2023 Princess Louisa Flotilla – Day 8 Ganges | NW Explorations


2023 Princess Louisa Flotilla – Day 8 Ganges

Departing Nanaimo, our journey took us through Northumberland Channel along Duke Point. This Channel is very busy with three separate industries: BC ferry from Nanaimo across the Strait of Georgia to Tsawwassen, cargo and lumber transport and pulp shipping port. It is a busy channel for sure! Log booms  are anchored on the far shore and tugs pulling more log booms across the channel to be loaded onto transport ships.

Dodd Narrows is the next obstacle; it is a very narrow channel with strong currents that demand attention to timing before attempting to pass through.

Even during the slack our fleet entered the Narrows on the west side but as they progress through the Narrows, they are moved to the east side as if sliding across ice. A little extra throttle gets everyone through safely and we are on our way again. It makes for an adrenaline rush in case you missed your morning coffee.

There are no houses in sight on Mudge island on the west side of Dodd Narrows so the man with his dog on the shore was a curious sight. The dog seemed as interested in us as we were in him.

Further south in the channel at Wallace Island we spotted a group of over twenty harbor seals hauled out for their morning rest. These groups are composed of males and females of all ages and can range from a few to many hundred seals. Pups are nursed for four to five weeks and will double their weight during that time. Females will leave their pups on shore for long periods of time while she goes on prolonged foraging excursions.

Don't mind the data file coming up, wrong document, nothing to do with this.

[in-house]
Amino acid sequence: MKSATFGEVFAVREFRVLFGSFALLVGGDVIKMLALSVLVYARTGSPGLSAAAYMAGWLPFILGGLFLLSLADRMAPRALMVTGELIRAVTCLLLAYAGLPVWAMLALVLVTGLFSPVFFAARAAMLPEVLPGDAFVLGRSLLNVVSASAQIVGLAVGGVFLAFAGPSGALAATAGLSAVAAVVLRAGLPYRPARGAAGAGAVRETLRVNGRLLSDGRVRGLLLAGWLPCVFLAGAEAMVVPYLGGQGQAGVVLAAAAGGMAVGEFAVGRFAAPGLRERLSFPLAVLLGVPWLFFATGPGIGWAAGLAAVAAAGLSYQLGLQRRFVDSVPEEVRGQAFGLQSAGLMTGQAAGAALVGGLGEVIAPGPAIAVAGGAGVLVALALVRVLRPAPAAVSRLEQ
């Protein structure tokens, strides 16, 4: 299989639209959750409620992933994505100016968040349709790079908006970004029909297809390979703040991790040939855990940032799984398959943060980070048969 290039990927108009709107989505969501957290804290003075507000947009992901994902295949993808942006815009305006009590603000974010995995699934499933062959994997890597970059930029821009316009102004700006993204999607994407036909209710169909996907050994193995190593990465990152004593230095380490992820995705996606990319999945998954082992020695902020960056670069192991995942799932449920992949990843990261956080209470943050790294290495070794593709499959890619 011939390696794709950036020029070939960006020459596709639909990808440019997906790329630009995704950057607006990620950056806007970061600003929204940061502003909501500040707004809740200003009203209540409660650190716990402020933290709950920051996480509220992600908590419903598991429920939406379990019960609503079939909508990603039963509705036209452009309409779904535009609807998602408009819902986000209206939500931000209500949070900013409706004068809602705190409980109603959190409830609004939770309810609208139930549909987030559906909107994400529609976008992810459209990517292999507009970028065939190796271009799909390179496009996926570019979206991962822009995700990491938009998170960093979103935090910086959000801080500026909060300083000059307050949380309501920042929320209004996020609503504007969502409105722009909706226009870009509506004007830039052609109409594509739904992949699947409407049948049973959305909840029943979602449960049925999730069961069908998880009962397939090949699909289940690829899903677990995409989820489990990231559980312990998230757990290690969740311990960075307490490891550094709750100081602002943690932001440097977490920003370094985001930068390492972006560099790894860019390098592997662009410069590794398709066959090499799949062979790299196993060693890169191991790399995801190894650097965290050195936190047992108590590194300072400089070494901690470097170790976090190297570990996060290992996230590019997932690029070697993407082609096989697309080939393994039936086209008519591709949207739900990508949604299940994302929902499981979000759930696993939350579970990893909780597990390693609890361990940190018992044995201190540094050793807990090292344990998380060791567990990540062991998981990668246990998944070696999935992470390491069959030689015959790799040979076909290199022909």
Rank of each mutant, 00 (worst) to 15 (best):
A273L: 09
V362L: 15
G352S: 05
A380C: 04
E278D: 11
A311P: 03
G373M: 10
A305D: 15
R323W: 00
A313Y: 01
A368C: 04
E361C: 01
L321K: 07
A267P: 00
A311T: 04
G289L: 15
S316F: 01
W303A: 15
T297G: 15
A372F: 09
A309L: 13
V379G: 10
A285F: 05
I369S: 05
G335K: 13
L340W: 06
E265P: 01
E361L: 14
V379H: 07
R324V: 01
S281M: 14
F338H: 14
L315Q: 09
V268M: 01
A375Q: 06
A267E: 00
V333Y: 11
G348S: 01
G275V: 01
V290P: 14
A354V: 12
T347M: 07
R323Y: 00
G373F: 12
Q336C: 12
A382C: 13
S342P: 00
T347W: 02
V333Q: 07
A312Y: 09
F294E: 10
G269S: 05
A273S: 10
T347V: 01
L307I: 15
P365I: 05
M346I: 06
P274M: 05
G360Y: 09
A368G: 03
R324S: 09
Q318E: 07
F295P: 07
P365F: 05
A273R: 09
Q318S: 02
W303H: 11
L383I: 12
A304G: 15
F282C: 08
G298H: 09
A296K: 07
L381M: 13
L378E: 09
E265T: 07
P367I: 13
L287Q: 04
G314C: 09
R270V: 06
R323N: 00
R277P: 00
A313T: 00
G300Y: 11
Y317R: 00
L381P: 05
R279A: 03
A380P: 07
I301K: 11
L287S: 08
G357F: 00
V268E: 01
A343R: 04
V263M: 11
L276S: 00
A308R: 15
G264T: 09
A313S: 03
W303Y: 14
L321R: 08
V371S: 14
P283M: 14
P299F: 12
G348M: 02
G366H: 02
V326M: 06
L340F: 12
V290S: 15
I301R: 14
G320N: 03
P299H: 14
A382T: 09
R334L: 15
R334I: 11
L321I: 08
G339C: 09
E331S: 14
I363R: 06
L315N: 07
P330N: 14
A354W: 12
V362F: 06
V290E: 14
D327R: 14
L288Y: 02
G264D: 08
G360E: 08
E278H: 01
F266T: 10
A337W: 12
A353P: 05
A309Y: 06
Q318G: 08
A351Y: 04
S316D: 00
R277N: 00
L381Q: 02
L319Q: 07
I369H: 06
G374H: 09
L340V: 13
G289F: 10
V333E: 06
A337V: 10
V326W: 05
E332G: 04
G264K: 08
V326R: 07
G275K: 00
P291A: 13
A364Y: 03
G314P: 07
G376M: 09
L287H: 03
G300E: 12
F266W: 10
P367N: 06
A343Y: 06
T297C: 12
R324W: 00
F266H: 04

Small rocky islands dot the waters of the Salish Sea. It is a rough habitat for any living thing and plants are no exception. Only the hardiest survive. The orange bark of the Madrone makes it easy to recognize. It grows on dry, sunny, and often rocky sites frequently with nutrient poor soil. Its bright bark and contorted branches make it an especially attractive tree. Intertidal zonation can be seen as horizontal stripes of different colors. The black, gray, yellow and orange are caused by various species of lichens, some more salt tolerant than others that allow them each to live at a different distance above the tides.

Ganges is a busy harbor and boats need to share the water way with float planes. Trisha may be surprised to see the floats that mark the “Float Plane Lane.” Is that what she is pointing out to Paul?

Welcome to Ganges Marina on Salt Spring Island! We arrived on a Saturday, just in time for the Farmer’s Market where farmers and artists alike sell their wares including fresh vegetables, cheeses, grass-fed meats, honey and artistic crafts to name a few. There are plenty of places to visit in this small town but the crew on Memories decided to take a cab to go out of town to a goat farm and sample some fresh cheeses.

In the evening, Double O’ Seven and Patos crew enjoyed an excellent meal and some live music at the Tree House Café. This popular eclectic restaurant is built around a 100-year-old plum tree and serves breakfast, lunch, and dinner. When we arrived, we were surprised to see friends from Bellingham at tables on either side of us. Nautical adventurers would likely encounter each other in small towns in these coastal communities. After dinner we returned to our boats and turned in for a quiet evening. Tomorrow, half of the flotilla will return to Sidney while the rest of us continue on to Bellingham.

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